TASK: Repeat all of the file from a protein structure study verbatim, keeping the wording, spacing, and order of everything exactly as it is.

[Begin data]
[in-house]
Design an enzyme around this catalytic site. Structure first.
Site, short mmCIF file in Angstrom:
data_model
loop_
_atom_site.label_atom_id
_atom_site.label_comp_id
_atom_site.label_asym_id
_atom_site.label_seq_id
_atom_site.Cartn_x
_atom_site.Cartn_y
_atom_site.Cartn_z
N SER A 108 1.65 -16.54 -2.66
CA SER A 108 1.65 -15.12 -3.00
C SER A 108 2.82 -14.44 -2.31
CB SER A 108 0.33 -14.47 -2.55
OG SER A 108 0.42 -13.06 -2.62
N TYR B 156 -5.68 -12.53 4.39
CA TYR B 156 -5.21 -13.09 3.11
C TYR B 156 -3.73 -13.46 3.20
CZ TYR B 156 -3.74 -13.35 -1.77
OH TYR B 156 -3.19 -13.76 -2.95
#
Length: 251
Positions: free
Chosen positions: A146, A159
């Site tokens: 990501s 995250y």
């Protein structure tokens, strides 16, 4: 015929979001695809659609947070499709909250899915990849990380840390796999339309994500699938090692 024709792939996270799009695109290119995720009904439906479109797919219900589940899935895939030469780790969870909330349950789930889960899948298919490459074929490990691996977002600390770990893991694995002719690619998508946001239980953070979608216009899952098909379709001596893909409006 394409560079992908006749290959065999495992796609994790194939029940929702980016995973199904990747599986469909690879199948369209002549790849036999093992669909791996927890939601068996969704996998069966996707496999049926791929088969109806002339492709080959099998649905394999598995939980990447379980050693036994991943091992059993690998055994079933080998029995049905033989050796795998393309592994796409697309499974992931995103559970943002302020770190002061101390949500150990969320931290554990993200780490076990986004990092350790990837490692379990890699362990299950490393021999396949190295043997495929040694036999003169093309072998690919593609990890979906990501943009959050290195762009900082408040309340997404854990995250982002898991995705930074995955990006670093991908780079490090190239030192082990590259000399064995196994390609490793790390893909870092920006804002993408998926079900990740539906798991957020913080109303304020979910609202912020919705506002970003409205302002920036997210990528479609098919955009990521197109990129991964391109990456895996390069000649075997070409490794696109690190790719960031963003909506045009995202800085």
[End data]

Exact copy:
[in-house]
Design an enzyme around this catalytic site. Structure first.
Site, short mmCIF file in Angstrom:
data_model
loop_
_atom_site.label_atom_id
_atom_site.label_comp_id
_atom_site.label_asym_id
_atom_site.label_seq_id
_atom_site.Cartn_x
_atom_site.Cartn_y
_atom_site.Cartn_z
N SER A 108 1.65 -16.54 -2.66
CA SER A 108 1.65 -15.12 -3.00
C SER A 108 2.82 -14.44 -2.31
CB SER A 108 0.33 -14.47 -2.55
OG SER A 108 0.42 -13.06 -2.62
N TYR B 156 -5.68 -12.53 4.39
CA TYR B 156 -5.21 -13.09 3.11
C TYR B 156 -3.73 -13.46 3.20
CZ TYR B 156 -3.74 -13.35 -1.77
OH TYR B 156 -3.19 -13.76 -2.95
#
Length: 251
Positions: free
Chosen positions: A146, A159
């Site tokens: 990501s 995250y």
């Protein structure tokens, strides 16, 4: 015929979001695809659609947070499709909250899915990849990380840390796999339309994500699938090692 024709792939996270799009695109290119995720009904439906479109797919219900589940899935895939030469780790969870909330349950789930889960899948298919490459074929490990691996977002600390770990893991694995002719690619998508946001239980953070979608216009899952098909379709001596893909409006 394409560079992908006749290959065999495992796609994790194939029940929702980016995973199904990747599986469909690879199948369209002549790849036999093992669909791996927890939601068996969704996998069966996707496999049926791929088969109806002339492709080959099998649905394999598995939980990447379980050693036994991943091992059993690998055994079933080998029995049905033989050796795998393309592994796409697309499974992931995103559970943002302020770190002061101390949500150990969320931290554990993200780490076990986004990092350790990837490692379990890699362990299950490393021999396949190295043997495929040694036999003169093309072998690919593609990890979906990501943009959050290195762009900082408040309340997404854990995250982002898991995705930074995955990006670093991908780079490090190239030192082990590259000399064995196994390609490793790390893909870092920006804002993408998926079900990740539906798991957020913080109303304020979910609202912020919705506002970003409205302002920036997210990528479609098919955009990521197109990129991964391109990456895996390069000649075997070409490794696109690190790719960031963003909506045009995202800085």